Nuclear Politics

Costs Of Nuclear ‘Comparable’ To Other Baseload Technologies, Report Says

By Lubomir Mitev
31 August 2015

31 Aug (NucNet): The costs of nuclear energy “remain in line” with the costs of other baseload technologies, says a report by the International Energy Agency (IEA) and Organisation for Economic Cooperation and Development’s Nuclear Energy Agency (OECD/NEA).

The report, ‘Projected Costs of Generating Electricity’, estimates that the average levelised cost of electricity (LCOE) for a nuclear station is comparable to that for coal and lower than that of a natural gas-fired power station.

LCOE is the long-term price at which the electricity produced by a nuclear station will have to be sold at for the investor to cover all their costs.

The report’s estimate assumes a seven percent discount rate. The discount rate refers to the expected rate of return foregone by bypassing other potential investments. In other words, it is the rate of return investors could potentially earn in financial markets.

The highest LCOE for a nuclear power station with a seven percent discount rate is in the United Kingdom, where it is $100.75 per megawatt-hour (MWh) and the lowest is in South Korea, where it is $40.42 per MWh. The mean is estimated at around $82 per MWh.

The report says that, due to the high capital intensity of nuclear power stations, a 10 percent discount rate is more appropriate. At this discount rate, nuclear power is more expensive than both coal and natural gas-fired power stations.

The report says the LCOE for nuclear power has increased slightly but remains “roughly on par” in comparison to the previous edition of the report, published in 2010.

Taking into account a 10 percent discount rate, the report says the average LCOE for a nuclear station increased from about $90 per MWh in 2010 to $115 per MWh in 2015.

The report says a large number of existing nuclear stations are reaching their initial design lifetimes and extensive refurbishments, safety upgrades and lifetime extension programmes are likely to take place within the next 20 years.

In its reference scenario, the report estimates that the LCOE of a nuclear station which has undergone a lifetime extension programme is between €23 per MWh and €26 per MWh.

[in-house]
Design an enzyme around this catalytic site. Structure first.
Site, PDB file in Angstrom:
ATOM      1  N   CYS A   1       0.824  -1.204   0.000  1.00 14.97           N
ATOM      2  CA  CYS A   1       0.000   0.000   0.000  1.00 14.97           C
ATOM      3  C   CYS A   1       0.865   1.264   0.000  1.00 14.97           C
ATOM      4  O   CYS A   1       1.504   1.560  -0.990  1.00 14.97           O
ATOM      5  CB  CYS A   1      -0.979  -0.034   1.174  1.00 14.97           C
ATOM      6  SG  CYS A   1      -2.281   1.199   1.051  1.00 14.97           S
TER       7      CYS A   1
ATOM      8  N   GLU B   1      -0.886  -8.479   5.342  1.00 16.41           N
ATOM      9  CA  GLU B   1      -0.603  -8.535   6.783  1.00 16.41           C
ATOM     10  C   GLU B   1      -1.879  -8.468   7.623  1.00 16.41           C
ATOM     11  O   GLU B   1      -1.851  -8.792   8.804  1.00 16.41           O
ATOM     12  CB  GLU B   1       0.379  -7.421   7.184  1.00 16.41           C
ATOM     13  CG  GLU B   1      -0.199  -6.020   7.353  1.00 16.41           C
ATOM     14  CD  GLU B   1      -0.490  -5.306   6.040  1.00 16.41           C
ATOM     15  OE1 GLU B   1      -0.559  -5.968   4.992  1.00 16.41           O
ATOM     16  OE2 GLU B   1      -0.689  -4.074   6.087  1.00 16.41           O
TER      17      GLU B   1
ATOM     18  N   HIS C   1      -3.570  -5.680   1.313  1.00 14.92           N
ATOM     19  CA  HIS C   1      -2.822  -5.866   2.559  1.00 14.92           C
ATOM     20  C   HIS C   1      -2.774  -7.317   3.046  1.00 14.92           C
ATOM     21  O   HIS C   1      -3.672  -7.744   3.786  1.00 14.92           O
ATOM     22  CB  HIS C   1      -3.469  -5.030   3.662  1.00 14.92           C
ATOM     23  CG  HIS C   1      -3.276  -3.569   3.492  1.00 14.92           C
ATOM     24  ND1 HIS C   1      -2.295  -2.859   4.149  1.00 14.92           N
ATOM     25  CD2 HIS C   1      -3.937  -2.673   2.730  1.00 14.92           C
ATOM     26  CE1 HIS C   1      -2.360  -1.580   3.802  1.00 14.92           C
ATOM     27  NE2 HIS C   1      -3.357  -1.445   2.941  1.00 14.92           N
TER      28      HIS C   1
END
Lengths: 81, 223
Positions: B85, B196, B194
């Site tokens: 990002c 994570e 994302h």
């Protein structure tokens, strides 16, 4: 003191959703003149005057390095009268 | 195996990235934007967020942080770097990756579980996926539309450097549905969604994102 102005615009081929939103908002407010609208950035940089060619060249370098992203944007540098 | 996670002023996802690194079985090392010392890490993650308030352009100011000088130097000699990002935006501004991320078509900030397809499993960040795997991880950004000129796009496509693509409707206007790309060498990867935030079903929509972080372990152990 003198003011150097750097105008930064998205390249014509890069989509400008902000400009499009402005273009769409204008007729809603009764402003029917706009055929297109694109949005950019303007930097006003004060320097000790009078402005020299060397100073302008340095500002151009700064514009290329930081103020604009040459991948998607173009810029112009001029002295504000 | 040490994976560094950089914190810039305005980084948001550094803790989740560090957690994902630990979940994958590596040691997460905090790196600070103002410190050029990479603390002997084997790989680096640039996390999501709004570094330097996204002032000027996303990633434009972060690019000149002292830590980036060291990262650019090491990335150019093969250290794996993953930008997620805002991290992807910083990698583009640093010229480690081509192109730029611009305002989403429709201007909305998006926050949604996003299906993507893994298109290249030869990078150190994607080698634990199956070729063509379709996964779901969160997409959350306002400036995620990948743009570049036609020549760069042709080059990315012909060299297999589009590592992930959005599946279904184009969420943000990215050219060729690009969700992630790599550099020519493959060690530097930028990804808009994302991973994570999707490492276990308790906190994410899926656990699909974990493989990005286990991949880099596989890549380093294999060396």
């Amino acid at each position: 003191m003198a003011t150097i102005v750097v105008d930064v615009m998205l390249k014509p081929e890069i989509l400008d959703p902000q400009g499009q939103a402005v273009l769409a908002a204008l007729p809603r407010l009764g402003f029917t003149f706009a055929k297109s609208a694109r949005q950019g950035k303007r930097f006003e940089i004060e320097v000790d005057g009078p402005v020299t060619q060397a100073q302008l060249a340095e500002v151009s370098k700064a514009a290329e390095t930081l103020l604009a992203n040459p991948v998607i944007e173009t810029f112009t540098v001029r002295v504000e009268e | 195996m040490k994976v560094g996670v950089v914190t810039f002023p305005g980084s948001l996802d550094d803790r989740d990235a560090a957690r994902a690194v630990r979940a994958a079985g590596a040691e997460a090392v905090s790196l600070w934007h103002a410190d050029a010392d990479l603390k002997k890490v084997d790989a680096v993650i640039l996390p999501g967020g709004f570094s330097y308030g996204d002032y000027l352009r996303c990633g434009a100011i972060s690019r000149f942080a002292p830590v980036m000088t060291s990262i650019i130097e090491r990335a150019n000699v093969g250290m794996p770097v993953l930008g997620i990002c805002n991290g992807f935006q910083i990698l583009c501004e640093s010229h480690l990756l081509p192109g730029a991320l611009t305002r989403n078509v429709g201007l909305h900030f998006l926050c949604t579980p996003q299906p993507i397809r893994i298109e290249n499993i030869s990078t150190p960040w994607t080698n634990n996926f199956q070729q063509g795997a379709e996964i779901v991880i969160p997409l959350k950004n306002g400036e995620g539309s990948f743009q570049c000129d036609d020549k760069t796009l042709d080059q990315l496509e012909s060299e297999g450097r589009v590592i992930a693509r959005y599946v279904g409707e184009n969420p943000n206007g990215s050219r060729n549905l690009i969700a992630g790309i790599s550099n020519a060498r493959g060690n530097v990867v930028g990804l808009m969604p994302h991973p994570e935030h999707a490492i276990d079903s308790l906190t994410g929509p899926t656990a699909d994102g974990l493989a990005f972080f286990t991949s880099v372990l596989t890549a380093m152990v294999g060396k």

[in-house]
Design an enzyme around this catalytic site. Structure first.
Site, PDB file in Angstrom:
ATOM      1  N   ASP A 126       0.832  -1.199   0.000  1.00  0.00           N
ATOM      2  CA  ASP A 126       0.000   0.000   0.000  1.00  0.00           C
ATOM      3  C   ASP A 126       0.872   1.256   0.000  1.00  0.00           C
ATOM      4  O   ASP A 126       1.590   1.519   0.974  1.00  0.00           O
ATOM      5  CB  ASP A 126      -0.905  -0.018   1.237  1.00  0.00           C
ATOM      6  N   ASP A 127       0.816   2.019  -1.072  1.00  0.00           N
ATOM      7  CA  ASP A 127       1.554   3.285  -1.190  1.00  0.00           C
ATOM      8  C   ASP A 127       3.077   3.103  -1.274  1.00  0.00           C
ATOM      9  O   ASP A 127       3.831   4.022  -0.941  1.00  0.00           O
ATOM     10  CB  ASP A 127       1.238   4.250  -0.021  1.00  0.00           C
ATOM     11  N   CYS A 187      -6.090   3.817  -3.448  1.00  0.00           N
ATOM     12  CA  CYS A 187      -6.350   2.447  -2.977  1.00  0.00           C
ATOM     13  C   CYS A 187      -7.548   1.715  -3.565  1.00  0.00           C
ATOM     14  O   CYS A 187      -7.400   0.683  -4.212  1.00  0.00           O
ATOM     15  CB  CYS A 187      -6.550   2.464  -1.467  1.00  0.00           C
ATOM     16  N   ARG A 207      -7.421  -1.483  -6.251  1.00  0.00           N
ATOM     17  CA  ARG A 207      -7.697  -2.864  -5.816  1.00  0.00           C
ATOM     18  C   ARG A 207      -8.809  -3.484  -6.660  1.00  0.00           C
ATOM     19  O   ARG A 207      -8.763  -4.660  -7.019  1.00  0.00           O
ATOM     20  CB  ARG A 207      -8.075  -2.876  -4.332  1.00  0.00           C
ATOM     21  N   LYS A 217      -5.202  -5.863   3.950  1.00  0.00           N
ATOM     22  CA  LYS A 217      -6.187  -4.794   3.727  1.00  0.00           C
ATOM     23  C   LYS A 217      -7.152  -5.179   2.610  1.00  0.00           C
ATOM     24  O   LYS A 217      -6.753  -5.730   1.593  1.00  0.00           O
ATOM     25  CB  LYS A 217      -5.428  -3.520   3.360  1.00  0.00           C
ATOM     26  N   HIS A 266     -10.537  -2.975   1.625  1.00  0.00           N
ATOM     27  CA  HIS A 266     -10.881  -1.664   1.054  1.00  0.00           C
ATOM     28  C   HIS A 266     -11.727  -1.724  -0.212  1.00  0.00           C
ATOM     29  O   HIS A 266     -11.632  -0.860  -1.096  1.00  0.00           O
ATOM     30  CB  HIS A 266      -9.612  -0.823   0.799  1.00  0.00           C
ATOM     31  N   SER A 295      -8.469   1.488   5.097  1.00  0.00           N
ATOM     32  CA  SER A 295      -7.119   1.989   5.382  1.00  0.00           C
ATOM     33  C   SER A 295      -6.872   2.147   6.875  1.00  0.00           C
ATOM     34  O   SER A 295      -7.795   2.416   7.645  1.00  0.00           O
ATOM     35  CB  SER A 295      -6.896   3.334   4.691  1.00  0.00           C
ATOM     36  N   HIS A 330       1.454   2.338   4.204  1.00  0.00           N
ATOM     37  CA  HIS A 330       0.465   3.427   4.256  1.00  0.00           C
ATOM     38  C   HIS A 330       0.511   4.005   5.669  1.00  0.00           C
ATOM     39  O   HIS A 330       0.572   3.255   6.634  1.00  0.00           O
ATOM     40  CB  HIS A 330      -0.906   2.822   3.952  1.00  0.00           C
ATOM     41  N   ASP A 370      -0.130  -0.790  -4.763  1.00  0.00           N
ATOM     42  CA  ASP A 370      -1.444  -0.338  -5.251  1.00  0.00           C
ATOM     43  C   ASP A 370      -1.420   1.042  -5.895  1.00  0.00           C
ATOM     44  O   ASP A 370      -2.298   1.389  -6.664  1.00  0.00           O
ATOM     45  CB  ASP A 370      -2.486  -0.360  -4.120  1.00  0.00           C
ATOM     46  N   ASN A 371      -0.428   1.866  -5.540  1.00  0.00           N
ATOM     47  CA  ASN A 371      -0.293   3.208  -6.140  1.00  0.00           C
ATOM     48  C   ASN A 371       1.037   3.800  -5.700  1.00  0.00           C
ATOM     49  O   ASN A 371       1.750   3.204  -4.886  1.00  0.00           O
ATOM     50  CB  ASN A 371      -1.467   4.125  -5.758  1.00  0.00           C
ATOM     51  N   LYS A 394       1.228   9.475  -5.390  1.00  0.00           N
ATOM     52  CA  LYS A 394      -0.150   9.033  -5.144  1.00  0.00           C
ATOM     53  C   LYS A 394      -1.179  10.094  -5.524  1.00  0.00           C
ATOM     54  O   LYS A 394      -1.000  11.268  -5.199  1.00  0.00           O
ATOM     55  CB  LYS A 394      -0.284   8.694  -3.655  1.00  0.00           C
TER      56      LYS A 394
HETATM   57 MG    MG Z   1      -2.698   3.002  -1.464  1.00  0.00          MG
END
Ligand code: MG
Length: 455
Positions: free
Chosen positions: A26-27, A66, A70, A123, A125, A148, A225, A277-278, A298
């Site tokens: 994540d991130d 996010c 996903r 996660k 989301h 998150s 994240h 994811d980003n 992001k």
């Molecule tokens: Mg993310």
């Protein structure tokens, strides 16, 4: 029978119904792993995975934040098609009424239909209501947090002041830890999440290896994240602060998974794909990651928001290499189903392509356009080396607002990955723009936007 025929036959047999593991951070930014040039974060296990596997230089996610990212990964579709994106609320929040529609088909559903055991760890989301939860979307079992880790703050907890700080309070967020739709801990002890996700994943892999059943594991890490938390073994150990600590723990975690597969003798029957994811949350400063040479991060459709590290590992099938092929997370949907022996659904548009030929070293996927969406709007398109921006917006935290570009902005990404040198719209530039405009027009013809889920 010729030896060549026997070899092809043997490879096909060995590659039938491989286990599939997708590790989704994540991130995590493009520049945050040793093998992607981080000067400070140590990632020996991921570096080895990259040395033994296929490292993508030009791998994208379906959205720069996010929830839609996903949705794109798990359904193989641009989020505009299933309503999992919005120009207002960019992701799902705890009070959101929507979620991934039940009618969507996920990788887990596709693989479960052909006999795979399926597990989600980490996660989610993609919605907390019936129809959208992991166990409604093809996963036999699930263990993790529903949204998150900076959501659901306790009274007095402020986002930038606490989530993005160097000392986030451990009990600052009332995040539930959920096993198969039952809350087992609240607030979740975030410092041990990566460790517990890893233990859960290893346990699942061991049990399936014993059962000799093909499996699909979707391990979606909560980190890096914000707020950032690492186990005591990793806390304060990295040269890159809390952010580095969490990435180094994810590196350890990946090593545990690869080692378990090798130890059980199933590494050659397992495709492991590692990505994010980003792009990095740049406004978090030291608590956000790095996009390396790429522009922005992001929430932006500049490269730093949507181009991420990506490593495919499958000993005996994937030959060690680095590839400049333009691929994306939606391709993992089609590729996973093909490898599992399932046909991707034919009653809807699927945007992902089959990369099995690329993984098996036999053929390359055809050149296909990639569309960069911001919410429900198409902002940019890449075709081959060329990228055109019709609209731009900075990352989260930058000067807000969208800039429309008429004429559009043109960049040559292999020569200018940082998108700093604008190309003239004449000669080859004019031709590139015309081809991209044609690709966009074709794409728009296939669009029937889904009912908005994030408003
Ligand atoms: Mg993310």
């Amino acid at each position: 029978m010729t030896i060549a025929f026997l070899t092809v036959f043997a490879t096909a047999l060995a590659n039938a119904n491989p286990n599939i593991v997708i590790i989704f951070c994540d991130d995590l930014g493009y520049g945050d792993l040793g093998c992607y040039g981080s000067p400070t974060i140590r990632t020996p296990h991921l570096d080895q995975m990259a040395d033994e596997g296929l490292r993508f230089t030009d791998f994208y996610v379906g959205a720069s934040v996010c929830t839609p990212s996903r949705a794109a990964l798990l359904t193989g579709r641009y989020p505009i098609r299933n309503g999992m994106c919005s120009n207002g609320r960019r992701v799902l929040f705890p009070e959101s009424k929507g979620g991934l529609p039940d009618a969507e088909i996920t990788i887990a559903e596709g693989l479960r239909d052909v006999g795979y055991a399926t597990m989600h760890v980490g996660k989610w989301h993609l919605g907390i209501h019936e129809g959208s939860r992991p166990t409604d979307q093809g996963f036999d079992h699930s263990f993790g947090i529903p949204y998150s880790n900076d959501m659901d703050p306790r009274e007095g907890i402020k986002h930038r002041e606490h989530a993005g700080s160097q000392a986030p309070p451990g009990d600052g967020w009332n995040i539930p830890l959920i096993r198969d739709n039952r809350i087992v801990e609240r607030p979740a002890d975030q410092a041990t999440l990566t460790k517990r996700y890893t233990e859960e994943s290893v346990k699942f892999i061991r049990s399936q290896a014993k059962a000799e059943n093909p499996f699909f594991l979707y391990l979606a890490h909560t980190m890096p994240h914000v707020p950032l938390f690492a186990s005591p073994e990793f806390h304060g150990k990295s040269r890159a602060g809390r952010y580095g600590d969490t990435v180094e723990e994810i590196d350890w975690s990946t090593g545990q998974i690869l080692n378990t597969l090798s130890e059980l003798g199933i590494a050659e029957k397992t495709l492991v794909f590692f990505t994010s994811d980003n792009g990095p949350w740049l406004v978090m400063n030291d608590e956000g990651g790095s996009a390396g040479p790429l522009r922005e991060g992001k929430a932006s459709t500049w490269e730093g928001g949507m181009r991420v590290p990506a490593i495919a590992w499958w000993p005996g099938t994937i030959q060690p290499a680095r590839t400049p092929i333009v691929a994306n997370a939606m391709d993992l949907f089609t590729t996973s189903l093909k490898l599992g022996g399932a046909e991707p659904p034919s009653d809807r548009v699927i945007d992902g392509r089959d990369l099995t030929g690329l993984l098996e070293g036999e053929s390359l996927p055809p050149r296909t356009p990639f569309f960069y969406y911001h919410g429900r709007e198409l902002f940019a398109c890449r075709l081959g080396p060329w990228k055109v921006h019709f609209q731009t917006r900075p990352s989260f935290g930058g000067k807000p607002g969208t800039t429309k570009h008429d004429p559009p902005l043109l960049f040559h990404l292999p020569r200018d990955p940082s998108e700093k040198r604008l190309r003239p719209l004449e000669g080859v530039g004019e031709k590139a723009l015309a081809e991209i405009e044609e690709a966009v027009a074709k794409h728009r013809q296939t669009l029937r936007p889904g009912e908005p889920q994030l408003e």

These results for the LCOE “compare favourably” with other electricity generation sources and “deserve attention”, the report says.

The report looks at the future prospects of energy technologies and says that by 2030 the focus in nuclear energy will fall on small modular reactors (SMRs) and prototypes of Generation IV reactors.

“SMRs can target niche markets and countries with small electricity grids that require baseload power,” the report says.

In the best-case scenario, SMRs are expected to have total electricity generation cost equal to large nuclear power stations if all competitive advantages of SMRs are realised, the report says. Those advantages include serial production, optimised supply chains and lower up-front financing costs,

The report suggests that to open up the market for SMRs, governments and industry should work together to identify target markets and accelerate the deployment of SMR prototypes in those markets.

For Generation IV technologies, the report calls on governments to assess the long-term benefits of developing such designs.

The report says public-private partnerships need to be put in place between governments and industry in order to develop demonstration projects for the application of co-generation technology in nuclear stations. Co-generation is where a power station produces both electrical power and heat for residential and commercial heating requirements (“district heating”), resulting in an increase in the station’s efficiency.

Pen Use this content